The hearing comes on the heels of a recent study showing the total cost of federal regulations on the American economy averages $1.75 trillion a year, based on data collected by researchers with the U.S. Small Business Administration Office.
As part of the study, researchers concluded small businesses bear a disproportionate amount of regulatory burden, an average of 36 percent more per employee on compliance costs than larger corporations.
“Our responsibility is to deliver facts to people and bring genuine reform to government,” said Chairman U.S. Rep. Darrell Issa, a Republican from California, who presided over the hearing. “We understand that good laws have to be protected. At the same time, we cannot regulate ourselves into unemployment.”
Haslam agreed, noting he does not believe any government – federal, state or local – is solely capable of spurring economic growth.
“But, I do think the government has a role in creating a business-friendly environment that encourages investment,” Haslam said. “There is certainly a necessary balance of holding businesses accountable and supporting their success, but too often, government is not responsive, customer-focused, efficient or effective.”
Businesses air grievances to Republicans
Throughout the two hours of testimony, participants assailed against what they described as an unfair assault on American companies by President Barack Obama and various federal agencies.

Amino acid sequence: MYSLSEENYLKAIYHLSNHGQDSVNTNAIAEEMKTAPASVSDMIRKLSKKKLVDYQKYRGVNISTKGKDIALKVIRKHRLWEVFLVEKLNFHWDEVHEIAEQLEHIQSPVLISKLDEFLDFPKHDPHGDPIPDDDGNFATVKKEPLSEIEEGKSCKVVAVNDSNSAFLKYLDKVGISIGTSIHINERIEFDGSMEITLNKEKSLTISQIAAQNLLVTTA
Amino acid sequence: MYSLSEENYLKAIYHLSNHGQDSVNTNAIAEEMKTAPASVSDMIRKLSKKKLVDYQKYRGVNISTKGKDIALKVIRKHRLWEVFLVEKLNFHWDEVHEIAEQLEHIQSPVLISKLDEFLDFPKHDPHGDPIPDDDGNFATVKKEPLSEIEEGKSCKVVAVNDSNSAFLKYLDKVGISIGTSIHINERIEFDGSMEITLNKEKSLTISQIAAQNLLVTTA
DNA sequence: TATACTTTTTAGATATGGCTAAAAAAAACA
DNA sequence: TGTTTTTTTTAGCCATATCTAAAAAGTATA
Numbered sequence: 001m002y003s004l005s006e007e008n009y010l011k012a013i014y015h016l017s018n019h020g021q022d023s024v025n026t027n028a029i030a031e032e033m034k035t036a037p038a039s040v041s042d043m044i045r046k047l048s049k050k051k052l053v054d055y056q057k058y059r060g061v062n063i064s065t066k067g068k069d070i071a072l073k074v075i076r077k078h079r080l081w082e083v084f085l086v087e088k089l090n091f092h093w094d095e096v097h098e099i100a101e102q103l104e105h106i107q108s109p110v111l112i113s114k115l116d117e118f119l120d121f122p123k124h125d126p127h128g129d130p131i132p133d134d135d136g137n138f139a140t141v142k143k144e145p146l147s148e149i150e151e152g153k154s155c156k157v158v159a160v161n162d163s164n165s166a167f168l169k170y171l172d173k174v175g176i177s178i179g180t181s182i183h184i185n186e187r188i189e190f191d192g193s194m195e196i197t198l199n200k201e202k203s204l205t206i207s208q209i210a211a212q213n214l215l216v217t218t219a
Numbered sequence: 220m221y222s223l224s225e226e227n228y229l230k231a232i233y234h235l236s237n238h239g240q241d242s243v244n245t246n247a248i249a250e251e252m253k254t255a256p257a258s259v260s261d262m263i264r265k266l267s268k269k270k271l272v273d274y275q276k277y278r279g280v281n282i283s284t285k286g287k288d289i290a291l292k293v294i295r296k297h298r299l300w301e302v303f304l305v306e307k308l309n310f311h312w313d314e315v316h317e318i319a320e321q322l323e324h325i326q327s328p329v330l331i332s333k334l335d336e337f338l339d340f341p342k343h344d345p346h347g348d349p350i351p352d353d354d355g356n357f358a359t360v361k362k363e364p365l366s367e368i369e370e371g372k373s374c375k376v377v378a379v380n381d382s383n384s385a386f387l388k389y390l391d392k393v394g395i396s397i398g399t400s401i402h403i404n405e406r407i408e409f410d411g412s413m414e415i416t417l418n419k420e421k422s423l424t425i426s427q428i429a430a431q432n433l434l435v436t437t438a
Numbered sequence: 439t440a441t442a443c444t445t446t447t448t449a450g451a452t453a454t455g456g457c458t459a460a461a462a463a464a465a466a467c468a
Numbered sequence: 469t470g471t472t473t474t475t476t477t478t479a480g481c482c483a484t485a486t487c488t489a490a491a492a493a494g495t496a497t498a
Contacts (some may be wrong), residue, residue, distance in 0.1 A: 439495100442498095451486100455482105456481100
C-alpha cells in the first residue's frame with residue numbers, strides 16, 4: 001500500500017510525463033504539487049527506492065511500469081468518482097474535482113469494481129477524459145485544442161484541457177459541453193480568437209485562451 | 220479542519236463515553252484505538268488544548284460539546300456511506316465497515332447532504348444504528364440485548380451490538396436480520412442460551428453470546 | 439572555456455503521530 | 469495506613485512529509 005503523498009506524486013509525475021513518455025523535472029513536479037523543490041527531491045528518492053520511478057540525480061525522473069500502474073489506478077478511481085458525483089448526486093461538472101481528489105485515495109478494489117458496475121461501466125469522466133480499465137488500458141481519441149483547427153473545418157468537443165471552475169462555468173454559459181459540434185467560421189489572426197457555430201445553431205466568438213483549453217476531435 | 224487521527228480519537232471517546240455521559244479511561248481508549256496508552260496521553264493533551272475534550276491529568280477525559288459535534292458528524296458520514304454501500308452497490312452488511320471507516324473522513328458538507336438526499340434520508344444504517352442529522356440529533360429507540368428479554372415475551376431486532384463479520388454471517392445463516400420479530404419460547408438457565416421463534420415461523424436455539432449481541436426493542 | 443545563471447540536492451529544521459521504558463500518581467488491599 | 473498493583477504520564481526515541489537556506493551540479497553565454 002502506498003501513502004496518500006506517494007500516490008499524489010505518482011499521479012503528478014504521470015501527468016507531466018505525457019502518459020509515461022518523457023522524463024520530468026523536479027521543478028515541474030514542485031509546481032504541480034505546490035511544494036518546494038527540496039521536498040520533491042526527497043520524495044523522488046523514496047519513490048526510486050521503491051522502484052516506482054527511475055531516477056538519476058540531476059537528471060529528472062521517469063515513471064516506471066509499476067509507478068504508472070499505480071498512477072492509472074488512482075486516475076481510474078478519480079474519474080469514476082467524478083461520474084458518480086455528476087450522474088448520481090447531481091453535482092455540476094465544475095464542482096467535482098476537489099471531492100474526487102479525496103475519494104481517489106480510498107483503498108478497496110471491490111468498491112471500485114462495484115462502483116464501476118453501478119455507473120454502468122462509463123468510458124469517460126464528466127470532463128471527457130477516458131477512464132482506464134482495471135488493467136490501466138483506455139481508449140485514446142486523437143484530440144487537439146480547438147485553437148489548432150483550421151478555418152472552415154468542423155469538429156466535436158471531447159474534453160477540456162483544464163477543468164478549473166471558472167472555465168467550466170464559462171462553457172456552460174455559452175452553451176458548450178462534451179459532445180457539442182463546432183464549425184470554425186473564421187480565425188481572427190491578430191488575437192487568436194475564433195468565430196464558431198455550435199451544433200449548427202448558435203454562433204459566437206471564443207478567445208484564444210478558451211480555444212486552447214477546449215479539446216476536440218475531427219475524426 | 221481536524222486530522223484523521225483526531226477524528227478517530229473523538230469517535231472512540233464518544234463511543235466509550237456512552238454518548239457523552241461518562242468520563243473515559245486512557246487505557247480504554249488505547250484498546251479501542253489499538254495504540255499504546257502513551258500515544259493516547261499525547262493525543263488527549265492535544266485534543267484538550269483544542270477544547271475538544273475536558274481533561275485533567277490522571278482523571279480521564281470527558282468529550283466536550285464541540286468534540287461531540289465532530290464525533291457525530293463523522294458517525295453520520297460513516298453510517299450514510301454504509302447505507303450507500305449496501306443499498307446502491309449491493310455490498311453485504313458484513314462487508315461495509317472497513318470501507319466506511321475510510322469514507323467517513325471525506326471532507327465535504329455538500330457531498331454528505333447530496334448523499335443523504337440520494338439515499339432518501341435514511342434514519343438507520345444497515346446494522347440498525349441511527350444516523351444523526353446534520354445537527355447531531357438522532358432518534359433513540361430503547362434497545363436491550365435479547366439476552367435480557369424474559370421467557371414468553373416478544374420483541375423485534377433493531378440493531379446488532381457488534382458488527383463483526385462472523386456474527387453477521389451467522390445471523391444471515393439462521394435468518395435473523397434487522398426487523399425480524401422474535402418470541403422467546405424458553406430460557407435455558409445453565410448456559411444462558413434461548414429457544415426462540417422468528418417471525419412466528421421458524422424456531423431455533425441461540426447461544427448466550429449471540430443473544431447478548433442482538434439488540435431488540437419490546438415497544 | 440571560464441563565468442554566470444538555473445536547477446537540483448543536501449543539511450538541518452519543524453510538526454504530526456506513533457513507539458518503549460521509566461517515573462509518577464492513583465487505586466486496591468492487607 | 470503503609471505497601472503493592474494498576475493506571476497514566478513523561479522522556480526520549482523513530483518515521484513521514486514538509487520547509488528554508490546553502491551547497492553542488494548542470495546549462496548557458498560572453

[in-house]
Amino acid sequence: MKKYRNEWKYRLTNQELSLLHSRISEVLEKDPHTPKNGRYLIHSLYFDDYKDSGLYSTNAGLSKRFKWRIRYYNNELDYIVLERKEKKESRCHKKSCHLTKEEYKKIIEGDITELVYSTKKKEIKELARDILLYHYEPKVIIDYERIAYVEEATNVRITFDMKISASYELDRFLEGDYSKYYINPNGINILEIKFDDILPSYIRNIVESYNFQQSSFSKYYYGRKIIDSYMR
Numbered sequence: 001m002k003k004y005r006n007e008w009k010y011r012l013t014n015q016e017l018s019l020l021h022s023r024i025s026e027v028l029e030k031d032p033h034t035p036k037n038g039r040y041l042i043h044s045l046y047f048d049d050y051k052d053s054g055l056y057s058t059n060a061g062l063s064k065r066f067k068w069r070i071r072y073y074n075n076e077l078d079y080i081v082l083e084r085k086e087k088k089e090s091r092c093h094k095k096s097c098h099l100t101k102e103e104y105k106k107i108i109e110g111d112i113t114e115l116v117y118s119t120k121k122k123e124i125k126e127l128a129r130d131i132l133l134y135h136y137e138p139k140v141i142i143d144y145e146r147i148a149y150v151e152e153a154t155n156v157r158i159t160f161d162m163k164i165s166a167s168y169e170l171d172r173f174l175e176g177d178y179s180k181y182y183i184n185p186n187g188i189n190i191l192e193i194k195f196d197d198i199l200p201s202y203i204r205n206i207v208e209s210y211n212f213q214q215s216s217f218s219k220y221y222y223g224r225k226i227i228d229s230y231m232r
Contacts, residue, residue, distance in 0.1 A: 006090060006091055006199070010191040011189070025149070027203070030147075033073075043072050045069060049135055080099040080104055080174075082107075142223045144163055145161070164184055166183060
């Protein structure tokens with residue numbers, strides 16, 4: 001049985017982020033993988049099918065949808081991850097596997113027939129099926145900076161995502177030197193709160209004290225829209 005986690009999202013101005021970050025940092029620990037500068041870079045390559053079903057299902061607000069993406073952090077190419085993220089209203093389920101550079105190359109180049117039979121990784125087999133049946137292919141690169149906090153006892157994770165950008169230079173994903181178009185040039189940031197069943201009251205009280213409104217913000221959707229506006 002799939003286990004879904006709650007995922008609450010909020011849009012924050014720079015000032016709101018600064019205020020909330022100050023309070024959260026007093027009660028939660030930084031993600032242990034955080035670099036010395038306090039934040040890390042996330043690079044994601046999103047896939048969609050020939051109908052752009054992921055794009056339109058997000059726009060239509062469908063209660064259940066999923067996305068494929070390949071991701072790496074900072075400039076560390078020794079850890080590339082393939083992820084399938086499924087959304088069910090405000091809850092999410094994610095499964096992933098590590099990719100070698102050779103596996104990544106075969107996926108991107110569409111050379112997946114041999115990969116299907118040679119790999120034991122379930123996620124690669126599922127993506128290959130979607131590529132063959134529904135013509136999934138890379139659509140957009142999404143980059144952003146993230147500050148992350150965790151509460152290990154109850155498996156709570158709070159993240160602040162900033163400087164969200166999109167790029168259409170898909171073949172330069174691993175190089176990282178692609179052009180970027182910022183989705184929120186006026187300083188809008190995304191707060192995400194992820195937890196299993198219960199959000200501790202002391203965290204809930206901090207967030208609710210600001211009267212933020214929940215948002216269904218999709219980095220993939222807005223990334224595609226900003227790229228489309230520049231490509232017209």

“During the last three years, the Obama administration has produced an avalanche of regulations that have made it more difficult to create jobs,” Republican U.S. Sen. Lamar Alexander said.
When asked whether they believed the economy is in recovery, several business owners took the opportunity to rebut claims the private-sector job market is improving.
“No, the private sector – strapped with regulations – is not doing fine,” said H. Grady Payne, chief executive officer of Connor Industries Inc., a Texas-based lumber manufacturing company that employs nearly 50 people in Tennessee.
“None of these regulations add one penny of productivity or revenue to our business,” he said. “Jobs require capital. Capital comes from profits.”
Payne said staggering costs associated with newly passed laws – primarily the Patient Protection and Affordable Act – are “choking” American-based firms out of the global marketplace.
“Our goals have turned from hiring and growing to just trying to survive under the health care law,” Payne said. “We may have to close plants in one of the eight states where we operate because no new efficiency or technological improvement can offset the costs of the health care bill. Many of our great employees could lose their job.”
Participants also spent much of the time criticizing how the National Labor Relations Board and Environmental Protection Agency oversee regulation compliance.
“Overzealous regulation is a perennial cause of concern for small-business owners, and it is particularly burdensome in times like these when the nation’s economy remains sluggish,” said Mark Faulkner, the owner of Vireo Systems, who spoke on behalf of the National Federation of Independent Business.
Some expressed the need for changing the culture of regulatory agencies, saying more emphasis should be placed on streamlining laws into understandable jargon and implementing educational programs, instead of relying only on heavy-handed enforcement tactics.
Often times, dealing with federal agencies, especially the Occupational Safety and Health Administration and U.S. Department of Transportation, feels more like a “government shakedown,” Faulkner said.
“Small-business owners are treated as guilty until proven innocent,” he said. “Although some regulations may be necessary or well-intended, American companies suffer from regulations that are illogically applied, especially to small business.”